I can tell him until I’m blue in the face that he is enough, show him the myriad of ways that he measures up, but there is something deeper. He craves the acknowledgment that his teachers see him. He wants to know that they recognize how hard he tries. He tells me that his teacher hates him, she only sees what he does wrong and not the good stuff. I worry that he is correct. My heart breaks. I want to send his teacher a list of the wonderful things that this child does on a daily basis- helping others, showing kindness, improvement and growth- but I don’t know that this is the right way to approach it. From what I’ve seen at our school, I don’t really know that they want to be different. So I work from the inside. I try and show him that what others think of you is less important than what you think of yourself. I try to believe this myself, because sadly, he also gets this from me. I am tempted to keep them out of school during the awards assembly, because each month, I see it wears my older son’s self-confidence down a little bit more. Then I think that maybe it’s okay for my kids to have this experience, to learn how to navigate feelings of disappointment.

Before I am criticized for being bitter, I will disclose that I have two children. My younger one will probably receive “Student of the Month” most years at the school. He is a different kid. He is generally cooperative, small for his age and has a lot of charm. He is a helper and knows how to be quiet (most of the time). He is smart, funny and the kind of person who easily fits in. It comes naturally to him, he doesn’t need to work on it at all and I would rather he didn’t receive an award for it. Recognize the child who has a really hard time sitting still or doing math or learning patience. This is where teachers have an opportunity to change a child’s life. And I know it sounds dramatic, but when you are small and your main job is to go to school and learn, to be recognized for something that you have worked so hard on, something that does not come naturally to you, will change everything. That child will learn that they can shine, that they can change and learn and grow. I can say with 100% confidence that if my older son was given that recognition, it would make a huge impact on his education and his self-esteem.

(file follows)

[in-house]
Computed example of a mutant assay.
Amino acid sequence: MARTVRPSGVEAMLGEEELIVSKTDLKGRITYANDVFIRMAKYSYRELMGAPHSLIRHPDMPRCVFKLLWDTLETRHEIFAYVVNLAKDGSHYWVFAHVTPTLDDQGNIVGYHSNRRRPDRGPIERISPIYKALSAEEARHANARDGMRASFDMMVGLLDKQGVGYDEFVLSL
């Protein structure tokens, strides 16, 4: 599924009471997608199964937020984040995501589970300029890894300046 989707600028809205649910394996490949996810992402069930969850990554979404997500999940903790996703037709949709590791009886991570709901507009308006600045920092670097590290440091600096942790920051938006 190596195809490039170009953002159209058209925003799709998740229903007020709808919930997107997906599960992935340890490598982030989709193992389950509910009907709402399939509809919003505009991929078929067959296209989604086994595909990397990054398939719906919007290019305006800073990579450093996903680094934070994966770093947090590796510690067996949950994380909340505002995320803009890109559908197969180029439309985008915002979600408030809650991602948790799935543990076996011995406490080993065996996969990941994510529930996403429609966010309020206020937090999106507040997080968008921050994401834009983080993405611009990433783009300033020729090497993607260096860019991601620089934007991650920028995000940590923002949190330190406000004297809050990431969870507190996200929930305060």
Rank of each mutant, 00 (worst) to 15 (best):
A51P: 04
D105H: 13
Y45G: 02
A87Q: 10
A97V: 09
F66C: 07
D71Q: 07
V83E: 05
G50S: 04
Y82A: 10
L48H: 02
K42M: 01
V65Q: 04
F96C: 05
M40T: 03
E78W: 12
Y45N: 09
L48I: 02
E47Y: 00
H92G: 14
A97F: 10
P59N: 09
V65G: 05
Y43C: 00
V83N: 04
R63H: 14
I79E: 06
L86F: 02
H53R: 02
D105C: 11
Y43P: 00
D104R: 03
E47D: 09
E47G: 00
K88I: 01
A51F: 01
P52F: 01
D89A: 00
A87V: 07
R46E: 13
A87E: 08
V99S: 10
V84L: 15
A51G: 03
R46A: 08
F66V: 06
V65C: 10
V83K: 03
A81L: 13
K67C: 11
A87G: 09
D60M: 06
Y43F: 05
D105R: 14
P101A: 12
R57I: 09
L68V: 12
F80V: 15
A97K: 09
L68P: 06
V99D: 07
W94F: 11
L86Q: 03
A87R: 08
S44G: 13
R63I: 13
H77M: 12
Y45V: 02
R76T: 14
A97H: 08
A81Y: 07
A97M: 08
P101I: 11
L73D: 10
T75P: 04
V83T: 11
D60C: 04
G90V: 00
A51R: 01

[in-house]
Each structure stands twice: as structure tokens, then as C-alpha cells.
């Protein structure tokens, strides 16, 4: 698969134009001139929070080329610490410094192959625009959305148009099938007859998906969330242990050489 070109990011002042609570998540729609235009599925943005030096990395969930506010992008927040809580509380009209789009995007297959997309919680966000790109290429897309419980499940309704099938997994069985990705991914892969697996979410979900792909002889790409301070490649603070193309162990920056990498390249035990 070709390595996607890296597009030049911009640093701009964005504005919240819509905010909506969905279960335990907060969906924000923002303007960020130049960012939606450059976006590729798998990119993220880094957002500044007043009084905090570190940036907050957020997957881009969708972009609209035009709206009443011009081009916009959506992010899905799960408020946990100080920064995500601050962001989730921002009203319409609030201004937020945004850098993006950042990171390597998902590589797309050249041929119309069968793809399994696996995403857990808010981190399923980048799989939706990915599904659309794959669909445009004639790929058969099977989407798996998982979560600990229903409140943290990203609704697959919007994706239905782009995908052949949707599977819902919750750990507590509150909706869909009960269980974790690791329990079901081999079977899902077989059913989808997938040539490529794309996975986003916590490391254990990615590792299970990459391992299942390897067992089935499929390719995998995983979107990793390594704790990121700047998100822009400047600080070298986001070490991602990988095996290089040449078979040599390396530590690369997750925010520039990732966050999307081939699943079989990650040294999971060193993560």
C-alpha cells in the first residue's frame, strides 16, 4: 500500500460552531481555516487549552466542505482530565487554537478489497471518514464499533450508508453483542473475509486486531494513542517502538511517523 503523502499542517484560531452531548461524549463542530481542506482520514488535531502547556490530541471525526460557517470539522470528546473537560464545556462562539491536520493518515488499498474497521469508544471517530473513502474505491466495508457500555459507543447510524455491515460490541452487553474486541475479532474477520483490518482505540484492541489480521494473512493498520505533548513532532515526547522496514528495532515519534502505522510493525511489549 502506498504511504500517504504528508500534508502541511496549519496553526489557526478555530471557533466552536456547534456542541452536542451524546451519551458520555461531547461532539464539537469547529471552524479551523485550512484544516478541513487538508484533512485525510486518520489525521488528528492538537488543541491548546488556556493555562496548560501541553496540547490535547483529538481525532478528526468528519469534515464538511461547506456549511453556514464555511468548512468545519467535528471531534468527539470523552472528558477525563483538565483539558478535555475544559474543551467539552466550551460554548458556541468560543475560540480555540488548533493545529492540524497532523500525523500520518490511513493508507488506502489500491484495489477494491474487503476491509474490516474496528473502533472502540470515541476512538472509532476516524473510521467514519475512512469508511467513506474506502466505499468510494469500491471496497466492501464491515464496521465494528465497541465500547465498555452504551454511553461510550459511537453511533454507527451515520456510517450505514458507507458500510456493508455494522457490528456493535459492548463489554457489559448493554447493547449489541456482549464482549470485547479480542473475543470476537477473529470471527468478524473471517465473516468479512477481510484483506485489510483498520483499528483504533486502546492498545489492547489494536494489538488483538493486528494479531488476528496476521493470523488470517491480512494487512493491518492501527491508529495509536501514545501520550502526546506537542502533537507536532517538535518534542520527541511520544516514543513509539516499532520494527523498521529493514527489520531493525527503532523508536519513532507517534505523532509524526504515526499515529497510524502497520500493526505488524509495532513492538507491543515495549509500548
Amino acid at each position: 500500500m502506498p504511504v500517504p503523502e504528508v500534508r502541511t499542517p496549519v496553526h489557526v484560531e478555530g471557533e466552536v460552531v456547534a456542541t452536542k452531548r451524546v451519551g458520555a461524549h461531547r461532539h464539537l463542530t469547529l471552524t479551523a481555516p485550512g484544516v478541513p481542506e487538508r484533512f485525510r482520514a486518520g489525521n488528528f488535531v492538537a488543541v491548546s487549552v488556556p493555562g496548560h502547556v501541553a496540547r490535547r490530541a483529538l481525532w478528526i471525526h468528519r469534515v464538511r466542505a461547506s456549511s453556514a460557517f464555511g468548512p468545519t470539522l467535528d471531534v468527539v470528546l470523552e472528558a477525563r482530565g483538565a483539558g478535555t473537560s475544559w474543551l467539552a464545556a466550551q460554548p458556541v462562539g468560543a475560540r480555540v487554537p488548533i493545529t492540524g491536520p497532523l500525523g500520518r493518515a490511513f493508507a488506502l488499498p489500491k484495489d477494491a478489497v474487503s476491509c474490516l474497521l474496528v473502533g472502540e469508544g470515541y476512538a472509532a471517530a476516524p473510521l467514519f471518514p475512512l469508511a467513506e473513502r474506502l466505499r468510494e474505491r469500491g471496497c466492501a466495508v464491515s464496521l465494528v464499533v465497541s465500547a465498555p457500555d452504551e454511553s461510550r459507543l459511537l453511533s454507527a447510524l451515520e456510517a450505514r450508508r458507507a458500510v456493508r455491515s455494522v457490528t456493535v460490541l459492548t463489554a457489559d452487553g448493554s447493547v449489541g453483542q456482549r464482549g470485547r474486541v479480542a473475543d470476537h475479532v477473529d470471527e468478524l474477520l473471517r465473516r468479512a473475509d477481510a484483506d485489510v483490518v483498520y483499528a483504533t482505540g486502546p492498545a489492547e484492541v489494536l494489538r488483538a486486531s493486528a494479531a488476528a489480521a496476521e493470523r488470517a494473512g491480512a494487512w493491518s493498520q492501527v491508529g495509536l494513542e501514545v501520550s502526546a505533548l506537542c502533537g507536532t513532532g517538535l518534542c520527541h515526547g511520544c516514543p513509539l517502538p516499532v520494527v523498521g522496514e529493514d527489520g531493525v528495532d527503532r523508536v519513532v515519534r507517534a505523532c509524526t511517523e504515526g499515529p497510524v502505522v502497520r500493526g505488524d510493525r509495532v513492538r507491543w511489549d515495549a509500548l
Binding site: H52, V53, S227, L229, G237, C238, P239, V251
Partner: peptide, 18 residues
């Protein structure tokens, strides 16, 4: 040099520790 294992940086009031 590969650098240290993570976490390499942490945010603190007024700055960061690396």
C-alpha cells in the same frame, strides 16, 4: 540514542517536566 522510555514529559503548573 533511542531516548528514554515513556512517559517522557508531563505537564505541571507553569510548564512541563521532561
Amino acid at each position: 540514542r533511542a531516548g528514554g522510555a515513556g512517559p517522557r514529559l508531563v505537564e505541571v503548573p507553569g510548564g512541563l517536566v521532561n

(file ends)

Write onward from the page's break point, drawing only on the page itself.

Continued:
Now there will be educators that stand up and tell stories about giving it to a child who showed dramatic improvement and I applaud this. But let’s be honest, we all know that each year there will be 9-10 students in a class of 25 who are given this award and I bet if we took a look at the winners, we would find that they majority received it before and are the kids that are the quietest and most cooperative. What does this really teach our kids?

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Filed under Mom Rant, Motherhood, parenting, self-confidence

Date Night

When I was in my twenties, single and without children or much in the way of responsibility, I used to occasionally take myself on a date.  I would take a shower, put on makeup and a nice outfit and even spray on a little perfume too.  The courtship of myself was something I took seriously and I wanted to impress myself.  I picked a nice restaurant, enjoyed a good meal and then if I was in the mood, I would treat myself to a movie or a coffee in a cafe someplace.  A lady never kisses and tells, but if the date went well… maybe I’d get lucky?  Who knows?  Anything’s possible on a good date. The whole point of dating myself is to take time- to treat myself as I want others to treat me, to explore the things that I enjoy and mostly, to enjoy my own company and build my self-esteem.  Looking back now, it was an admirable idea, but I wasn’t ready to really learn these things.